If you are an employer the way you report payments, such as salaries and wages, pay as you go (PAYG) withholding and superannuation is changing. The ATO will need you to report these payments directly from your payroll solution in real-time, at the same time as you pay your employees. This is known as single touch payroll (STP) and is intended to simplify business reporting obligations. It comes into effect in 2018 or 2019, depending on the size of your business.
The introduction of single touch payroll (STP) is in line with the Government’s “digitisation agenda”, to make reporting more streamlined, but many small businesses will feel an extra compliance burden. Those who work in remote areas of Australia may be at a disadvantage as Single Touch Payroll reporting will require a strong internet connection.
How will this change affect you as an employer?
The change to STP means that employers won’t need to complete payment summaries at the end of the year as these will have been reported in real time throughout the year. If you have a payroll solution (software that you use in order to pay employees), you will need to update this or make sure it is updated by your service provider. If you do not have a payroll solution, you can speak to us about how to find the best solution for your business. We may be able to report using STP on your behalf. The first 12 months of STP will be considered to be a transition period, during which time you could be exempt from an administrative penalty for failing to report on time. There are other exemptions, including if you operate in an area with an unreliable internet connection or you are classed as a substantial employer for only a short period during the year (for example, if your employees are seasonal).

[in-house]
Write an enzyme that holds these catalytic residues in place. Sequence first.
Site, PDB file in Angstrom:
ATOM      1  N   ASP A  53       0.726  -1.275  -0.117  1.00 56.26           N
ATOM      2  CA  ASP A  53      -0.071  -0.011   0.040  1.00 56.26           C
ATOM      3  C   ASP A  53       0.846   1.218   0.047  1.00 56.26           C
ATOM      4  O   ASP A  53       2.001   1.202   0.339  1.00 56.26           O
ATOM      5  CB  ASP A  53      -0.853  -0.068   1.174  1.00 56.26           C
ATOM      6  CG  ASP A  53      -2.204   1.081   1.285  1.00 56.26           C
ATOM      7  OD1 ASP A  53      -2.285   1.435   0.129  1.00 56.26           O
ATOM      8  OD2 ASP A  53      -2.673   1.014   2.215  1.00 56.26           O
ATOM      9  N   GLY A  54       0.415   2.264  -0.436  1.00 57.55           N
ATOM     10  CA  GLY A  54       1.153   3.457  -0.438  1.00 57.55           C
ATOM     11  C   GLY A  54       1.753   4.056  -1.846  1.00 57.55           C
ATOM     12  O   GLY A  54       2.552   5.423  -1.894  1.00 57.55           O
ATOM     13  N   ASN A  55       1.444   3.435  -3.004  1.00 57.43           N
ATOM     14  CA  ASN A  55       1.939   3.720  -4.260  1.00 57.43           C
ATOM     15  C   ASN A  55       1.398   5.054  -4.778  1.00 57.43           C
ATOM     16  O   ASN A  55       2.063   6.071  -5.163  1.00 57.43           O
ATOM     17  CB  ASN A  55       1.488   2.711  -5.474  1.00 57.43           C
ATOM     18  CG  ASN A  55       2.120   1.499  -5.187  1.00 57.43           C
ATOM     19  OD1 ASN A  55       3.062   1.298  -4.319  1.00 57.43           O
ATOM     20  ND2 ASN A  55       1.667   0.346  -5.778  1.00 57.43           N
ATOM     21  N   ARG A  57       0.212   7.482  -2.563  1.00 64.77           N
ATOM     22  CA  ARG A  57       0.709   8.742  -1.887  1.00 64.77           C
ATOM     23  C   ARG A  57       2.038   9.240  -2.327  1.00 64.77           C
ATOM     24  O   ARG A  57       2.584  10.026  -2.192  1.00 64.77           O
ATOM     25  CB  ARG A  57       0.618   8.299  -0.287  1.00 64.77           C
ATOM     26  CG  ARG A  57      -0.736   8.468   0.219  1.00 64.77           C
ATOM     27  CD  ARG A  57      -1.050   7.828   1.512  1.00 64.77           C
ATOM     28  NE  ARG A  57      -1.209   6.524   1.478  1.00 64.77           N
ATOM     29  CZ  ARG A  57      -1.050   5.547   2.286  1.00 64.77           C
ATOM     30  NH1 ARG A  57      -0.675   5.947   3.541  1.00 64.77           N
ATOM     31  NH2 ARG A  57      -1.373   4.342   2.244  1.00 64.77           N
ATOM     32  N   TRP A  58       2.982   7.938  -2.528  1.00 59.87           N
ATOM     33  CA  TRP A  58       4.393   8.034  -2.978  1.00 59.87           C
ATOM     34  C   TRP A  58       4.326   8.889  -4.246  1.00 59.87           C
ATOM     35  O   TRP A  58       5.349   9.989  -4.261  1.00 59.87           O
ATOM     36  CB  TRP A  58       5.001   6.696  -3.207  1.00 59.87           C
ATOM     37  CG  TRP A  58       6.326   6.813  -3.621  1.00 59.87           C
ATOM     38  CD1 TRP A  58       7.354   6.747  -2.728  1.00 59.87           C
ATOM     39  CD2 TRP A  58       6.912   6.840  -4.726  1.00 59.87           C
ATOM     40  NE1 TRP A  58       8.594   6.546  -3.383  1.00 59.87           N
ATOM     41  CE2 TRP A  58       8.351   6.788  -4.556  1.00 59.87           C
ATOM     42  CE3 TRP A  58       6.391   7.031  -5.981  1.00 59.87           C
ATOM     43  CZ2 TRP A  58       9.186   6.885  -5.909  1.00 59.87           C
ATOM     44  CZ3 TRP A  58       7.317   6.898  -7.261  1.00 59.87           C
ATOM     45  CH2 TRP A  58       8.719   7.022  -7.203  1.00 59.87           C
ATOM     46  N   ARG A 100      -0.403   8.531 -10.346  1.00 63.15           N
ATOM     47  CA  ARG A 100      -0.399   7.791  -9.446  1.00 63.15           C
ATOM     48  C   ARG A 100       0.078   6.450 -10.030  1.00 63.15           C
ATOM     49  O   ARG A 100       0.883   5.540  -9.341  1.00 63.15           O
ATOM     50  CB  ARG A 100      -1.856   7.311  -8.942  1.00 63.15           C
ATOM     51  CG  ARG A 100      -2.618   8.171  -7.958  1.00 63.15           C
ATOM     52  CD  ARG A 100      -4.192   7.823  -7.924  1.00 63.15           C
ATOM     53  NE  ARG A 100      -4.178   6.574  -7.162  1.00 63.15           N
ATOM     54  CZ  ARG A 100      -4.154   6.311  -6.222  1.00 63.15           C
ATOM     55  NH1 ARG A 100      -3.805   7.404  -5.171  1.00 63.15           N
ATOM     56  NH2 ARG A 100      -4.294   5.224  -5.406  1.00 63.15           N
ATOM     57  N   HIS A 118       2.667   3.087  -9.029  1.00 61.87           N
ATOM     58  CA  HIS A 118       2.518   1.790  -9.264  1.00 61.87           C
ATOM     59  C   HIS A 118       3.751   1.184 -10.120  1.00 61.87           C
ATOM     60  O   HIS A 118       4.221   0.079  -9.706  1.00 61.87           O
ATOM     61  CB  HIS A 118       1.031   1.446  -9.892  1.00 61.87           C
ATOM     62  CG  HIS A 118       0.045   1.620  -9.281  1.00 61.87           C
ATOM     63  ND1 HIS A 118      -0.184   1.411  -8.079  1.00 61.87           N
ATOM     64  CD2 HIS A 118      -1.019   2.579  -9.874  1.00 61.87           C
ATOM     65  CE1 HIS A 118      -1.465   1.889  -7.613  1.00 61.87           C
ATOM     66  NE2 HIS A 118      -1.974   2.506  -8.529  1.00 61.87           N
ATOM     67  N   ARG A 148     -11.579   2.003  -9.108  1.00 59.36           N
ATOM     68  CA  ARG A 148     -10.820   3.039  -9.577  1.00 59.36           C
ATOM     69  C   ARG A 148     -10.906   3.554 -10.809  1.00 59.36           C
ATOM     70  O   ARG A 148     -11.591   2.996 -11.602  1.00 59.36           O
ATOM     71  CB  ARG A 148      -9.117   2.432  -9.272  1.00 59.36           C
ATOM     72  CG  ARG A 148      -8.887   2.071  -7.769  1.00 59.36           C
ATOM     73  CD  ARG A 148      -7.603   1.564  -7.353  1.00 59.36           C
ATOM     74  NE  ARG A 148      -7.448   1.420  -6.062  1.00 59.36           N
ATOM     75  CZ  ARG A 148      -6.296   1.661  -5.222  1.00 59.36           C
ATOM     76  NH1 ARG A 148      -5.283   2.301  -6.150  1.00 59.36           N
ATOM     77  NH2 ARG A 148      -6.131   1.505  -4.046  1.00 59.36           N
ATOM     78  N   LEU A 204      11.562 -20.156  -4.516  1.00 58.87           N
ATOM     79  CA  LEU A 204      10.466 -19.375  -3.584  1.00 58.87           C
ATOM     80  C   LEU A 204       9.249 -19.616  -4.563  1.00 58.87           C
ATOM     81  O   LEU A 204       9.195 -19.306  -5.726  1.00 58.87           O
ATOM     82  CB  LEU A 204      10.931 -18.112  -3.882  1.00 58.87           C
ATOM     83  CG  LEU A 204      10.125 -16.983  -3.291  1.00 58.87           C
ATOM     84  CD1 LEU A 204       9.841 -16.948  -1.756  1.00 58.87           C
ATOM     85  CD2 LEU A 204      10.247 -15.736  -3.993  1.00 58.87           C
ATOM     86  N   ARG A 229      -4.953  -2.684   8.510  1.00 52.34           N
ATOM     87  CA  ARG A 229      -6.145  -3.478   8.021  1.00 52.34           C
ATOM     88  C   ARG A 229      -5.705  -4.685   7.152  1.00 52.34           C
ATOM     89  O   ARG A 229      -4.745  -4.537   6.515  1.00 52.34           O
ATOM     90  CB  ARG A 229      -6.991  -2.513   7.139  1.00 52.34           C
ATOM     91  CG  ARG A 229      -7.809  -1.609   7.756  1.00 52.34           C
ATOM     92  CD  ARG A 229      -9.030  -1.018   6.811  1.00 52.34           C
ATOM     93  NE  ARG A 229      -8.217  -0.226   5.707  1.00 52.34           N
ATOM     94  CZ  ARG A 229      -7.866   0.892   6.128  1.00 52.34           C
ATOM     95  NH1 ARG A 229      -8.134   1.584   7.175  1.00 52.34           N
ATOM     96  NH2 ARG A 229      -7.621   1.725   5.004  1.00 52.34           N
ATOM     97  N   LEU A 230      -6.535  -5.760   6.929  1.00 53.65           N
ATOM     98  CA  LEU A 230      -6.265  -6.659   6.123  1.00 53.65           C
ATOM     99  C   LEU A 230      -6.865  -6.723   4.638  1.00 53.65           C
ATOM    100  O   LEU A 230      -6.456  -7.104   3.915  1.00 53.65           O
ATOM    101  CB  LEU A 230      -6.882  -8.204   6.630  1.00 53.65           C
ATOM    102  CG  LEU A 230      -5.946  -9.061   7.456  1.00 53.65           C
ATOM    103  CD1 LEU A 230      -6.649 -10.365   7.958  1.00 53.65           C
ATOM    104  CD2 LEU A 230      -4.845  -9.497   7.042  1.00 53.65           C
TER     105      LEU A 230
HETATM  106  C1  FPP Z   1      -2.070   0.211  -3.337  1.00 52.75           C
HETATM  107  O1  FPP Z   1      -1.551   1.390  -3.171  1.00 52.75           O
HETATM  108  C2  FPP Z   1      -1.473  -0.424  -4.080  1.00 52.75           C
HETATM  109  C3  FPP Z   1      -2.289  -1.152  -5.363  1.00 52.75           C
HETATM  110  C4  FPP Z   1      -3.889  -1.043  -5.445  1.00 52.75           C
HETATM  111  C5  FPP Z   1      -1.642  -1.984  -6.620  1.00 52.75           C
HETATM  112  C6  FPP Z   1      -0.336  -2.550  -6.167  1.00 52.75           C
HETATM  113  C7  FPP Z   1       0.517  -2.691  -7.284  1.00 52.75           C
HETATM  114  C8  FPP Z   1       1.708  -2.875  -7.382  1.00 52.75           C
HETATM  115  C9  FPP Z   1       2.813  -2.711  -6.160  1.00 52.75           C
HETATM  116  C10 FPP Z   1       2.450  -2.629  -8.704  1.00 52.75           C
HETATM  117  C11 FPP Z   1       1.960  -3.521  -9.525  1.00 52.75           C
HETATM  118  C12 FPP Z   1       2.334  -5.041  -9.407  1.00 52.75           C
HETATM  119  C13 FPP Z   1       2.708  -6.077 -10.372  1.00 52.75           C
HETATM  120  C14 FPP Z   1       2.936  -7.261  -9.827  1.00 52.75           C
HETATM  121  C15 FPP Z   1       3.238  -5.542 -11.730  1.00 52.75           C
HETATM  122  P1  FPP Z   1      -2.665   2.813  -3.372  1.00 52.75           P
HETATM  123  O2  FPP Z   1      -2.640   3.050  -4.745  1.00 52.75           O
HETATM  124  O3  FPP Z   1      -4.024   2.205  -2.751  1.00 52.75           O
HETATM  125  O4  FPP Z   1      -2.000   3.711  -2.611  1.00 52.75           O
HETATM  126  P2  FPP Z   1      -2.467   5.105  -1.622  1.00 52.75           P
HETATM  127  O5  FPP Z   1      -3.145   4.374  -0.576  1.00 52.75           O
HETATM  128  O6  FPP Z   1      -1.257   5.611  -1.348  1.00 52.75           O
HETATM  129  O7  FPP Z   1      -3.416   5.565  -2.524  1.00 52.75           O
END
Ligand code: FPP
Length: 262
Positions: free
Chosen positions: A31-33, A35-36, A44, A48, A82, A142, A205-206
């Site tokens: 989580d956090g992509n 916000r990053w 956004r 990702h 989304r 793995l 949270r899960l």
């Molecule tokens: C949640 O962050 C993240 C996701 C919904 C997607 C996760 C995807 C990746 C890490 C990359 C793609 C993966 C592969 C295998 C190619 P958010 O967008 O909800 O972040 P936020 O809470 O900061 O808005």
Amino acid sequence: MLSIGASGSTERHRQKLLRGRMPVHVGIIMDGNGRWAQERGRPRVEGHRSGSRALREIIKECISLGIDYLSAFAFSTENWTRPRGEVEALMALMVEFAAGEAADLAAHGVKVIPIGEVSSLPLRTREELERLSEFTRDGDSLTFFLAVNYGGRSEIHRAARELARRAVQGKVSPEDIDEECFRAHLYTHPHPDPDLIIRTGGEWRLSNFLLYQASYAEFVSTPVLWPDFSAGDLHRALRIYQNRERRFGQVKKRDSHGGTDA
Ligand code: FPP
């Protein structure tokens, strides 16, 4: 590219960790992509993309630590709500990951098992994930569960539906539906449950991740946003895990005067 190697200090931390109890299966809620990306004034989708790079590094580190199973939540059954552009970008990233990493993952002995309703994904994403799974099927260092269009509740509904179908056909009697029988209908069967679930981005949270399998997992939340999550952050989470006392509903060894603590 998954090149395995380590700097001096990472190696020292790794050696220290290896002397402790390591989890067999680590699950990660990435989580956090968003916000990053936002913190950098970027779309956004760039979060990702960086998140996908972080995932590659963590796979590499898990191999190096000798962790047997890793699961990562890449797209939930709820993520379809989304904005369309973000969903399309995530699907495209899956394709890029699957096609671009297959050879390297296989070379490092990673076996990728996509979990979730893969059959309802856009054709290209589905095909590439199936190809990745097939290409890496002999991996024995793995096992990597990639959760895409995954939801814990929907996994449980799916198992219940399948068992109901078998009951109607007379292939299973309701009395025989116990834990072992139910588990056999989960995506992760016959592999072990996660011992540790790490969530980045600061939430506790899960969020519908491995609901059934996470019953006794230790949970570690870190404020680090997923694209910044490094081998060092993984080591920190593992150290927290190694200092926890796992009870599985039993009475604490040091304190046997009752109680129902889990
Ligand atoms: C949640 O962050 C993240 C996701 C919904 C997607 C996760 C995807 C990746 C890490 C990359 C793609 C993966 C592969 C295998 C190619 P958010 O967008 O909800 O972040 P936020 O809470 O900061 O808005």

What does it mean for employees?
With the move to STP, employees will be able to log on and make sure they are being paid the correct amount for their superannuation contributions so “this level of transparency is most welcome”.
What is the timeframe?
Single touch payroll will be compulsory for employers (including those in a wholly-owned group) with more than 20 employees from 1 July 2018. If your business has less than 19 employees, you have a bit longer, but you will need to get on board by 1 July 2019, subject to legislation. If you are unsure about whether you are a “substantial employer”, the advice is to do a headcount of all of your employees who are on your payroll on 1 April 2018; a total headcount includes all full-time, part-time, casual employees, those based overseas, absent employees and seasonal employees, not just your full-time equivalent (FTEs).